It’s been called an “amazing assault on academic freedom” and almost universally panned by academics. Now the president of the Society of Professional Journalists is calling the social media policy affecting Kansas universities downright totalitarian.
“There is no need for this policy other than to chill speech and muzzle dissidents,” David Cuillier, SPJ’s president and a University of Arizona journalism professor, told the College Fix. “Welcome to East Germany, Kansas.”
The policy was created by the Kansas Board of Regents is in the wake of KU professor David Guth‘s tweet about the NRA following last September’s shooting at a Maryland naval facility. Guth was suspended after his comments, which created a firestorm and were widely condemned.
The policy – which affects employees at every public university in the state, not just KU – says anyone can be disciplined or even fired for comments they make on social media, if the comments are deemed detrimental to the university.
According to The Kansas City Star, “The regents’ policy, effective immediately, gives a university’s top leader the authority to suspend or fire any faculty or staff member who improperly uses social media, including Facebook, Twitter and other sites.
The policy’s list of improper uses includes communications that incite violence, disclose student information or research data, or are ‘contrary to the best interest of the university.’”
In response to critics, the Regents revised the policy last month, including an assertion it supports academic freedom:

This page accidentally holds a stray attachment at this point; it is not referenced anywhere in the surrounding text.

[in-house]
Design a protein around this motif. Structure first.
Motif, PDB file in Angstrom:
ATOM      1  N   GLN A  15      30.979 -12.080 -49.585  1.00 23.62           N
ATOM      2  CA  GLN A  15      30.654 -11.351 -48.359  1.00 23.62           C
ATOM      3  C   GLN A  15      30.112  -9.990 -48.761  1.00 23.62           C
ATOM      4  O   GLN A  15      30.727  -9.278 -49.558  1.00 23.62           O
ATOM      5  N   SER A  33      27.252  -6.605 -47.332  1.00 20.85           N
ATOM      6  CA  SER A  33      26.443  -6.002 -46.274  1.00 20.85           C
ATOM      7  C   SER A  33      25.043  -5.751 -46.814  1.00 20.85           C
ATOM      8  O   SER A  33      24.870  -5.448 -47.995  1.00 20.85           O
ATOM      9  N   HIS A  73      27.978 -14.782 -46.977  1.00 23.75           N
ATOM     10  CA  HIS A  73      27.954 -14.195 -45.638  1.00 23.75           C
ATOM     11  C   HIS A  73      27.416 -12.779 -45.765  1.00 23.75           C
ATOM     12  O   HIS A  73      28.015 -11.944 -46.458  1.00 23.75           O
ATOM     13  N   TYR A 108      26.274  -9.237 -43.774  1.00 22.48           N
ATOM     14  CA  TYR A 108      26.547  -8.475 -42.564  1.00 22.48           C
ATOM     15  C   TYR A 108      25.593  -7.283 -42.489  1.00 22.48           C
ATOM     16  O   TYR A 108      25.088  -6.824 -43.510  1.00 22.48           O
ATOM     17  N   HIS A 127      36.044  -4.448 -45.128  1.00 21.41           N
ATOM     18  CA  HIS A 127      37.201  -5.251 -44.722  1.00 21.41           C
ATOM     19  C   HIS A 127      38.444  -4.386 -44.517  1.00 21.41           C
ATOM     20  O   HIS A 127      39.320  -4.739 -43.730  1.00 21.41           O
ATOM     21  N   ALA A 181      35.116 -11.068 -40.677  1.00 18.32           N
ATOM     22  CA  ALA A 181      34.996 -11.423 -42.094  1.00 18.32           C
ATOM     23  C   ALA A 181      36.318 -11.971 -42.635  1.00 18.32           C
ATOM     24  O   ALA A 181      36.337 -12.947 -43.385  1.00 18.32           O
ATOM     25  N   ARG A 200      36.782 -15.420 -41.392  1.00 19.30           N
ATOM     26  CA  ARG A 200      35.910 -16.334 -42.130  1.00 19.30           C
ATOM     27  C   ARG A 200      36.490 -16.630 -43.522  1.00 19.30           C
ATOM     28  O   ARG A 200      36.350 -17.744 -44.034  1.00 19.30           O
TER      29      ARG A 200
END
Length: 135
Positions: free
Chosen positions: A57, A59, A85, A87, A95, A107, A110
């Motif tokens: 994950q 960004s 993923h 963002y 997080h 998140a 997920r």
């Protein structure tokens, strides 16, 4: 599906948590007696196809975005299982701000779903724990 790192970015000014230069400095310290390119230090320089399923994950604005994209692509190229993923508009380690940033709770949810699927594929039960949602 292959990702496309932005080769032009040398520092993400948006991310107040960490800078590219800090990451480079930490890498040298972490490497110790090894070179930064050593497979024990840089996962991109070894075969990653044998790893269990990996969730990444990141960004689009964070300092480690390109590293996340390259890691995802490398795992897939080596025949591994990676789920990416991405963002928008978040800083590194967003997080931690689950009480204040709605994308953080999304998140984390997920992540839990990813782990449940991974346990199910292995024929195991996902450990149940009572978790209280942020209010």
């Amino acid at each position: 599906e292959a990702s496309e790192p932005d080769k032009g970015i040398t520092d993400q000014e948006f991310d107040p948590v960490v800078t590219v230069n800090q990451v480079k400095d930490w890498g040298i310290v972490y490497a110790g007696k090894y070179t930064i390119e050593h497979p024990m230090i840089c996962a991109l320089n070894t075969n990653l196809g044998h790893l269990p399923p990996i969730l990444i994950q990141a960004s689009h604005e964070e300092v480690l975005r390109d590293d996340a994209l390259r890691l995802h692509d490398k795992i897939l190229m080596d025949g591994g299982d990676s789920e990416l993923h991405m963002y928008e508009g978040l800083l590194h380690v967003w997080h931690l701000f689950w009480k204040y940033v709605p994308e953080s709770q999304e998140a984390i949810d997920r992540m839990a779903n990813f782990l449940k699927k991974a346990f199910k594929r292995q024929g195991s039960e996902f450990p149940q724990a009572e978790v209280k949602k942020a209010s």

“The Kansas Board of Regents strongly supports principles of academic freedom. It highly values the work of state university faculty members. Academic freedom protects their work and enhances the valuable service they provide to the people of Kansas.”
A statement from the Association for Education and Journalism and Mass Communications said the policy could have a detrimental impact on journalism education: “If Kansas’ journalism professors are afraid to teach students how to use these reporting tools because they may violate a vague social media policy, the future journalists they train will be unprepared for the real world of journalism in the digital age.”
The College Fix reported SPJ’s Cuillier said the social media policy could also be “could be used against the student journalists on campus if they report news that is ‘contrary to the best interests of the employer. This policy can and will be abused to intimidate aggressive student journalists, and that’s a huge issue.”
KU j-school Dean Ann Brill told the College Fix that would not happen.
“The KU School of Journalism and Mass Communication will continue to teach its excellent students to report and write based on our traditional values,” Brill said in an email to The College Fix, especially “courses in the use and production of social media that are based in our tenets of academic freedom and The First Amendment. All that will continue.”